Thrown under the bus

Renationalising Britain’s rail system is a daily debate. As many commuters feel the full force of ineffective, privatised rail companies, they’re vocal about their plight. But surprisingly, there are far more British bus users than rail commuters. And they have been neglected. A privatised bus system has meant that many are left stranded. So, we ask: Why have so many people in the UK been thrown under the bus?

Does anyone interesting live in London anymore?

As London has become a global financial hub and a real estate speculators dream, it has priced out the people who once made the city diverse, interesting and cosmopolitan. What happens to the arts if artists can no longer afford to live in the big smoke, or attend its increasingly elitist art schools? This week we’re on the road at Sunday Papers Live, talking with artist, Darren Coffield about the silent art exodus from London and asking: Does anyone interesting live in London anymore?

The elites are carving up our cities

The creation of major asset bubbles exemplified by the rising costs of housing, is a consequence of deliberate Tory government policy geared towards satisfying the asset diversification needs of the super rich rather than meeting the human need for homes for ordinary people to live in. In other words, the key motivating factor shaping government housing policy is not to end the housing crisis, but to bolster the investment opportunities of the rich which will make it worse.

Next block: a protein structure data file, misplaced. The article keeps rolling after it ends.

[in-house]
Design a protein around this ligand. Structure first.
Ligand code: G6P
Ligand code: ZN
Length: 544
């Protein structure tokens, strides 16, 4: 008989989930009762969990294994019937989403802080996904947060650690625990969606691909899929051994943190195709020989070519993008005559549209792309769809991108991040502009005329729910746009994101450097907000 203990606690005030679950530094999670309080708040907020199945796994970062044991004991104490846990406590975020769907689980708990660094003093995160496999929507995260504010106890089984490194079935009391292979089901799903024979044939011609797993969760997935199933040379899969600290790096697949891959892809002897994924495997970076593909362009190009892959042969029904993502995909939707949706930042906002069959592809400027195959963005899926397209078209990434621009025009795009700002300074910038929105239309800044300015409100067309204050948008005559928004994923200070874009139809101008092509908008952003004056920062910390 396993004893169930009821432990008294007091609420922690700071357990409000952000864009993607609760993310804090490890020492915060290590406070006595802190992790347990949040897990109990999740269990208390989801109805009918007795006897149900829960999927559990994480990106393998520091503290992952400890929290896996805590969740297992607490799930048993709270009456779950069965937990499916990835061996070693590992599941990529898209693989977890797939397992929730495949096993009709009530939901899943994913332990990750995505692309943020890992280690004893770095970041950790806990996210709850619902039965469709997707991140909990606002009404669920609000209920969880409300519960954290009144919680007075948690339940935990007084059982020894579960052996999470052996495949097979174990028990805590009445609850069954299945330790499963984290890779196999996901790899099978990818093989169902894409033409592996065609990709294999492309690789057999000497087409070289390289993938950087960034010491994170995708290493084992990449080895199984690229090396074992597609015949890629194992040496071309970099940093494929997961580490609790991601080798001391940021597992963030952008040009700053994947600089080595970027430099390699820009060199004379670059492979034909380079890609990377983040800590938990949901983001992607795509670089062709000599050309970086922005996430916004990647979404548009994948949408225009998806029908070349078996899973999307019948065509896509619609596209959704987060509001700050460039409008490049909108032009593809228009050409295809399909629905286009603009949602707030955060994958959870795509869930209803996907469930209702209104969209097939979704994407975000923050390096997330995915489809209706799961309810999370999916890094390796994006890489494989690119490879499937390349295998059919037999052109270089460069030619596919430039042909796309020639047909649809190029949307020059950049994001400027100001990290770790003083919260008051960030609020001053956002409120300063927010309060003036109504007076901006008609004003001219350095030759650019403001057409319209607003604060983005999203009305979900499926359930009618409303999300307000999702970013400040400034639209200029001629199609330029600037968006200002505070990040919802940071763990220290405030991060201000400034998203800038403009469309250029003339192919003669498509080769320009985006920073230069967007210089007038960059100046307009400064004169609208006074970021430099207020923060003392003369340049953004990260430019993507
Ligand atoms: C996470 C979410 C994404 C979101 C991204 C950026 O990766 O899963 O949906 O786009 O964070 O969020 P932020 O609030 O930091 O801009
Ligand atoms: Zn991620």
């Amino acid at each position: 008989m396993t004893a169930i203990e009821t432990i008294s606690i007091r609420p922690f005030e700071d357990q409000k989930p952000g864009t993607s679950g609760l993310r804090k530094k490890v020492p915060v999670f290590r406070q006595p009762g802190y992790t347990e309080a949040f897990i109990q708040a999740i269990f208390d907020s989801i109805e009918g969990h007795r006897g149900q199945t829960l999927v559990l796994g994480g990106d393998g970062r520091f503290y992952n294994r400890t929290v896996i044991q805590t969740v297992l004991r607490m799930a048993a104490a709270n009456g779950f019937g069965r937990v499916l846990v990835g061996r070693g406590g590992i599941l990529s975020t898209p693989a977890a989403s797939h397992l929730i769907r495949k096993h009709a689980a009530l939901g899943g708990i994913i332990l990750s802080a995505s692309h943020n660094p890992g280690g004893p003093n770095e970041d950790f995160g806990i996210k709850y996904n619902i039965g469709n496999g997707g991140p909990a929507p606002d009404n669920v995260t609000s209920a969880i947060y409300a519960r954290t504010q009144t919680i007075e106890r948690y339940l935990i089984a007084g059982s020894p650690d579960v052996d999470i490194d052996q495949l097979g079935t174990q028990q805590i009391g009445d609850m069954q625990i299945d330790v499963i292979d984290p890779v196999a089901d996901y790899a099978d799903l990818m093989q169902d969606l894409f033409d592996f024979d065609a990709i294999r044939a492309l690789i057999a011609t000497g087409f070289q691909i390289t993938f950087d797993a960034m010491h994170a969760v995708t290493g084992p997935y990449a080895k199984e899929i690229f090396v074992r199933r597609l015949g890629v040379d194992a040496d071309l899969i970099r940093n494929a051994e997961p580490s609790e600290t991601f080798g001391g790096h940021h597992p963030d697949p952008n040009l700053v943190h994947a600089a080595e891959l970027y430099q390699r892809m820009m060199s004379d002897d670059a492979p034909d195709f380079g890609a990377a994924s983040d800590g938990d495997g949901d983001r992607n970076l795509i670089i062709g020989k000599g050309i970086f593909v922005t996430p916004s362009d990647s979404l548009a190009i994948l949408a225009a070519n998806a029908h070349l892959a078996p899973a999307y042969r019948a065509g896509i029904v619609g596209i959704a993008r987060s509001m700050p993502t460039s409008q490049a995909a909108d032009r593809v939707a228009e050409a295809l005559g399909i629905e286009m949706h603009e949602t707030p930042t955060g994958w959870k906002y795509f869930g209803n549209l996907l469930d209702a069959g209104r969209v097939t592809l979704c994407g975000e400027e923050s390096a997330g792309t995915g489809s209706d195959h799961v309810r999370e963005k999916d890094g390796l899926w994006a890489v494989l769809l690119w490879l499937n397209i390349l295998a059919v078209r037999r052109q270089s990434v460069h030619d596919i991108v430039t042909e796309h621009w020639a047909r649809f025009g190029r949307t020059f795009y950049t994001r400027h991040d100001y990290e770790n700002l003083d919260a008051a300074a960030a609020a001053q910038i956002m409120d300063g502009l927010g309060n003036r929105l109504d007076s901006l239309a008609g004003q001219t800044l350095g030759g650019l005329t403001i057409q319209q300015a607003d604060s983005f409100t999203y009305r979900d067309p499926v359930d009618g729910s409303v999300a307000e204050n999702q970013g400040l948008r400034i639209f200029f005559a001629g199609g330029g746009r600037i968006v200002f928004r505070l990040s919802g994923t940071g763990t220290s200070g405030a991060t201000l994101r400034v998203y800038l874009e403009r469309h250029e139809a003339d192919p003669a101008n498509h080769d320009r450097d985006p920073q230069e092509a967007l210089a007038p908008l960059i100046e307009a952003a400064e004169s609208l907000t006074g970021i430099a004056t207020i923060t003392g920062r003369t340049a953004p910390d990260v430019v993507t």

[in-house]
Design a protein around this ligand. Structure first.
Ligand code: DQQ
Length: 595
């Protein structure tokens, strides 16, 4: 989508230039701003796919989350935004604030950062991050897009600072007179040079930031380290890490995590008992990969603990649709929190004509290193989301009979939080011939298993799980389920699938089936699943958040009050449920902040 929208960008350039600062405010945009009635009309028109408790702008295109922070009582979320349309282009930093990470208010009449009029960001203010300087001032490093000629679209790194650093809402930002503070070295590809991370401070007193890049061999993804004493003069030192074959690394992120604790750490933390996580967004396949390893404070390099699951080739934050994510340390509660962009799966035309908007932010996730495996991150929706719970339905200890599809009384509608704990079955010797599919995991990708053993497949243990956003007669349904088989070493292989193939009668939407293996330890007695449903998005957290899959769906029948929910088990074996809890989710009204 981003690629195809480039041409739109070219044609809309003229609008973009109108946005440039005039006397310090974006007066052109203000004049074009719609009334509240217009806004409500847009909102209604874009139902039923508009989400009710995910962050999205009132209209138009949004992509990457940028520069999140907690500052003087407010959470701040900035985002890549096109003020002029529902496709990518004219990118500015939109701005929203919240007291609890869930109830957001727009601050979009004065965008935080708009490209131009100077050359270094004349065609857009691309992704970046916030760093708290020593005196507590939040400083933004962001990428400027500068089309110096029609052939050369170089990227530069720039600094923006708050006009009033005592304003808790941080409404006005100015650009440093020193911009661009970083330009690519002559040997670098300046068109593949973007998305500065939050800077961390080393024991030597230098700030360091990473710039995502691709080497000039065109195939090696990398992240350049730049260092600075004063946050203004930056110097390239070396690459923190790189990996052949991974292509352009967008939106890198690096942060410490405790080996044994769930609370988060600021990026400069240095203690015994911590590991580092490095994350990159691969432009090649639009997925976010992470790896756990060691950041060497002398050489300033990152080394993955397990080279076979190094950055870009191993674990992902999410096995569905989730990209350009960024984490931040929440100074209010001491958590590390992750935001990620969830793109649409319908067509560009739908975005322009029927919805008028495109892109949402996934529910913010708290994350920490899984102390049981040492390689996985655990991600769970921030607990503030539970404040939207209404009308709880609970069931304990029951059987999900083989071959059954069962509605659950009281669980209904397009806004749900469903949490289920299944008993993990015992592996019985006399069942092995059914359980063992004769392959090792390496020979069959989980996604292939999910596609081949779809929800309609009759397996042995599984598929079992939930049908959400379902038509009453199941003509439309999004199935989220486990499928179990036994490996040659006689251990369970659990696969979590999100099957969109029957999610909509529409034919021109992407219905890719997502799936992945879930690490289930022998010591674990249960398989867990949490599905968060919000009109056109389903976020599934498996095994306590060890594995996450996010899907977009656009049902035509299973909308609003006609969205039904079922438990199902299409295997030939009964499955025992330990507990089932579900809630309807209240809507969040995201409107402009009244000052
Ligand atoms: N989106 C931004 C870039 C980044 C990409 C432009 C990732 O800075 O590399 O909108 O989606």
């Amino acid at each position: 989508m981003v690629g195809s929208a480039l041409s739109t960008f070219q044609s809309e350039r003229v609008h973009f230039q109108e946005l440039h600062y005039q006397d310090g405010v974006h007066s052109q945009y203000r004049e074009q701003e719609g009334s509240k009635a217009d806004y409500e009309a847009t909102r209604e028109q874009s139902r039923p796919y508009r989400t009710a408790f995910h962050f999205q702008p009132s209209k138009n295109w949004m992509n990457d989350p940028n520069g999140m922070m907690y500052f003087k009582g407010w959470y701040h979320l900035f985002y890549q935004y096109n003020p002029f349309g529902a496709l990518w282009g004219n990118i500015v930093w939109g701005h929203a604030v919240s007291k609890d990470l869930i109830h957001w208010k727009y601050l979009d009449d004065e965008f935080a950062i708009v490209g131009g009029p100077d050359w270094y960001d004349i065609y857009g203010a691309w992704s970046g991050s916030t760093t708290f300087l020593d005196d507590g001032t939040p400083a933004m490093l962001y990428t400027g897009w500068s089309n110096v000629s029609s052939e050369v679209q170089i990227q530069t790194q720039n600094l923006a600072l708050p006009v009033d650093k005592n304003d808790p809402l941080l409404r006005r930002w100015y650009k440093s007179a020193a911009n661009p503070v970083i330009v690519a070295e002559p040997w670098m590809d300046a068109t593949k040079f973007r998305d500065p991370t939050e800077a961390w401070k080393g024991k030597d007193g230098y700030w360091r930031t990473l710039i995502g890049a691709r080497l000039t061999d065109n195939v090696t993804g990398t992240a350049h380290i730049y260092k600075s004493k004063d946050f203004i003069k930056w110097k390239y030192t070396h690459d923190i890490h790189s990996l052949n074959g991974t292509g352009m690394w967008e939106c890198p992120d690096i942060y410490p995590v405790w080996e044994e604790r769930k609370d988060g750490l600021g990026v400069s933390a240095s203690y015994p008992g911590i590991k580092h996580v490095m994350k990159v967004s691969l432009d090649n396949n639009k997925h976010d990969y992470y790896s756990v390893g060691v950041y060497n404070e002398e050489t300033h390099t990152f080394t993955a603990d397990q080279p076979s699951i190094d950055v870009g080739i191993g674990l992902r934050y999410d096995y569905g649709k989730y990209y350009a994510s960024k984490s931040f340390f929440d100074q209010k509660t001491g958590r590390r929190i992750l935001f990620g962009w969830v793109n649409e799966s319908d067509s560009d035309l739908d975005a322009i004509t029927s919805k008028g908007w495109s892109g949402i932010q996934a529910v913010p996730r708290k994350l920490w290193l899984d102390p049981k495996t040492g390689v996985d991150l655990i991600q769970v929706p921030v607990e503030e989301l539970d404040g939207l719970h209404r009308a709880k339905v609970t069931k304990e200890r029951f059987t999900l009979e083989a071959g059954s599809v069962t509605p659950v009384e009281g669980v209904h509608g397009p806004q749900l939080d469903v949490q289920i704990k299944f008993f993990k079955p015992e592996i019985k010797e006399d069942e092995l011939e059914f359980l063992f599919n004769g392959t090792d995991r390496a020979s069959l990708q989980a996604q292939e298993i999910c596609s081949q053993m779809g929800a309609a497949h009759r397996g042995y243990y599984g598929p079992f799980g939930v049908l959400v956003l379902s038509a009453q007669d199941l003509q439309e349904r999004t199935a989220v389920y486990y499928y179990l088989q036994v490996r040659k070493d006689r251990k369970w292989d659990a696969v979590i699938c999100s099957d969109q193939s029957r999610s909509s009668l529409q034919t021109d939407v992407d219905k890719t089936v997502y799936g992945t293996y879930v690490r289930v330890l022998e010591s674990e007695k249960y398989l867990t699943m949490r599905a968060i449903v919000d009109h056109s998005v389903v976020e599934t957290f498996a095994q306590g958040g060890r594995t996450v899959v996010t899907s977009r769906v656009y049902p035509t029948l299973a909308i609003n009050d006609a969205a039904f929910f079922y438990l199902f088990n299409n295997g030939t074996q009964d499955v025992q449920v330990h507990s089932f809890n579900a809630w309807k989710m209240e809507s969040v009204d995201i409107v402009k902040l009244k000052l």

‘Modernise or Die’

The Tories are pushing for a corporate takeover of the construction industry. The ‘Farmer Review’, completely pulls the rug out from small-builders and sub-contractors that have been working in the industry for more than 35 years. If the Construction Leadership Council has its way, traditional builds will be destroyed and replaced with off-site manufacturing that will collapse during the next recession, putting generations of skilled labourers out of work and onto the breadline.  

NATO itching for war with Russia

NATO wants Europe to upgrade its roads, bridges and rail networks. Not because of dilapidated infrastructure, or to make it easier for people to travel across the continent – let alone their own countries – but so they can handle the weight of its heavy tanks and military equipment for what it deems an inevitable invasion of Russia. Though it has yet to commit a single crime, up to 10,000 NATO troops have amassed on Russia’s border states, in lieu of a war that hasn’t happened yet.